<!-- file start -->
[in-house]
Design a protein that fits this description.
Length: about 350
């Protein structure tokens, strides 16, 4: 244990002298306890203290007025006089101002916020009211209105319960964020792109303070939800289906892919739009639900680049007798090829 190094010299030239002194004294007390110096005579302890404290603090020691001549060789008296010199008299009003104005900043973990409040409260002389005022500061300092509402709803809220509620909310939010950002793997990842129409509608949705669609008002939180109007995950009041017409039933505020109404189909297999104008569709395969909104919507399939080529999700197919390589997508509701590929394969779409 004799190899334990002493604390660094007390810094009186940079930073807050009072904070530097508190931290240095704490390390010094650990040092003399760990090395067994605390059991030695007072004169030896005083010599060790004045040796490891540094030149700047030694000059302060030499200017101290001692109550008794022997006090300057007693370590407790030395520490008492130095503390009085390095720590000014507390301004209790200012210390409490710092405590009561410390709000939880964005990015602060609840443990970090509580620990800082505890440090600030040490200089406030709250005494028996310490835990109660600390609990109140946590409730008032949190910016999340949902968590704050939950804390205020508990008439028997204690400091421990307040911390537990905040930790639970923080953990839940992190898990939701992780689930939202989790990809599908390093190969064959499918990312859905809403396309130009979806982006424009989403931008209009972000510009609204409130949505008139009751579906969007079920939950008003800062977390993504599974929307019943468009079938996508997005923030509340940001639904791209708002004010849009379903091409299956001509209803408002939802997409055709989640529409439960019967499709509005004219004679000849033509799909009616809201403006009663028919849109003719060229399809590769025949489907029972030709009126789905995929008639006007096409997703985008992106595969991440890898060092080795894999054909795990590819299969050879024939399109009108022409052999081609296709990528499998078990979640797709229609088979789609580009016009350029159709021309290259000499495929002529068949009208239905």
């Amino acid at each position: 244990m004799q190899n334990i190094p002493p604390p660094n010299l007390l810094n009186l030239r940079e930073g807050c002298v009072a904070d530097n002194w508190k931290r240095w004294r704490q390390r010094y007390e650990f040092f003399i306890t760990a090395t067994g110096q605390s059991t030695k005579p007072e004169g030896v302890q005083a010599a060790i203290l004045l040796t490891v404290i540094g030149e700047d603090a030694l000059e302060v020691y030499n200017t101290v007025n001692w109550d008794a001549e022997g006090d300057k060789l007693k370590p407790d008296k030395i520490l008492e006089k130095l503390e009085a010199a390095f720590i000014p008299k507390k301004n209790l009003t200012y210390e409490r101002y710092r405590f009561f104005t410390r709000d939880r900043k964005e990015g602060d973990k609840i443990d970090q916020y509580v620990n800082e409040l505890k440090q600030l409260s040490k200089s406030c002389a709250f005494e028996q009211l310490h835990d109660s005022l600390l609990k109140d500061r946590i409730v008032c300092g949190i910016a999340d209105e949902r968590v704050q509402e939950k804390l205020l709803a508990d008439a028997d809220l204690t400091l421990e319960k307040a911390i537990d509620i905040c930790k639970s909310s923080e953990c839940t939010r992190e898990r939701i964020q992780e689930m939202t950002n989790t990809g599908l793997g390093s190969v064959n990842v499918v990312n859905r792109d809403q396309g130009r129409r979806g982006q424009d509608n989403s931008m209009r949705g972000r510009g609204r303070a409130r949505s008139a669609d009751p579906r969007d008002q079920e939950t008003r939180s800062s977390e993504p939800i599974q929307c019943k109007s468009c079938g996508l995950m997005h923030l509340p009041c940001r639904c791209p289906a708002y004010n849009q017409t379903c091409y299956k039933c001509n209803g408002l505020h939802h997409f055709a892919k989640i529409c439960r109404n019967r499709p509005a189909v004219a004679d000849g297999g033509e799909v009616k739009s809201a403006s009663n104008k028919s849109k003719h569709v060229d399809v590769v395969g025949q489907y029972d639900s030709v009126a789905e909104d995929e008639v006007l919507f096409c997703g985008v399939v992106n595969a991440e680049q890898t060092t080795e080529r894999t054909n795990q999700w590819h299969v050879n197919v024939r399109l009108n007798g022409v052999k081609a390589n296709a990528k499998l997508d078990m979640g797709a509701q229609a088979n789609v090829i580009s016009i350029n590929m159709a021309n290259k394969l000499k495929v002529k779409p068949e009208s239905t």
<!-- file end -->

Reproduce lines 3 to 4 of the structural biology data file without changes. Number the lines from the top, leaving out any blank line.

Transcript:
Length: about 350
């Protein structure tokens, strides 16, 4: 244990002298306890203290007025006089101002916020009211209105319960964020792109303070939800289906892919739009639900680049007798090829 190094010299030239002194004294007390110096005579302890404290603090020691001549060789008296010199008299009003104005900043973990409040409260002389005022500061300092509402709803809220509620909310939010950002793997990842129409509608949705669609008002939180109007995950009041017409039933505020109404189909297999104008569709395969909104919507399939080529999700197919390589997508509701590929394969779409 004799190899334990002493604390660094007390810094009186940079930073807050009072904070530097508190931290240095704490390390010094650990040092003399760990090395067994605390059991030695007072004169030896005083010599060790004045040796490891540094030149700047030694000059302060030499200017101290001692109550008794022997006090300057007693370590407790030395520490008492130095503390009085390095720590000014507390301004209790200012210390409490710092405590009561410390709000939880964005990015602060609840443990970090509580620990800082505890440090600030040490200089406030709250005494028996310490835990109660600390609990109140946590409730008032949190910016999340949902968590704050939950804390205020508990008439028997204690400091421990307040911390537990905040930790639970923080953990839940992190898990939701992780689930939202989790990809599908390093190969064959499918990312859905809403396309130009979806982006424009989403931008209009972000510009609204409130949505008139009751579906969007079920939950008003800062977390993504599974929307019943468009079938996508997005923030509340940001639904791209708002004010849009379903091409299956001509209803408002939802997409055709989640529409439960019967499709509005004219004679000849033509799909009616809201403006009663028919849109003719060229399809590769025949489907029972030709009126789905995929008639006007096409997703985008992106595969991440890898060092080795894999054909795990590819299969050879024939399109009108022409052999081609296709990528499998078990979640797709229609088979789609580009016009350029159709021309290259000499495929002529068949009208239905």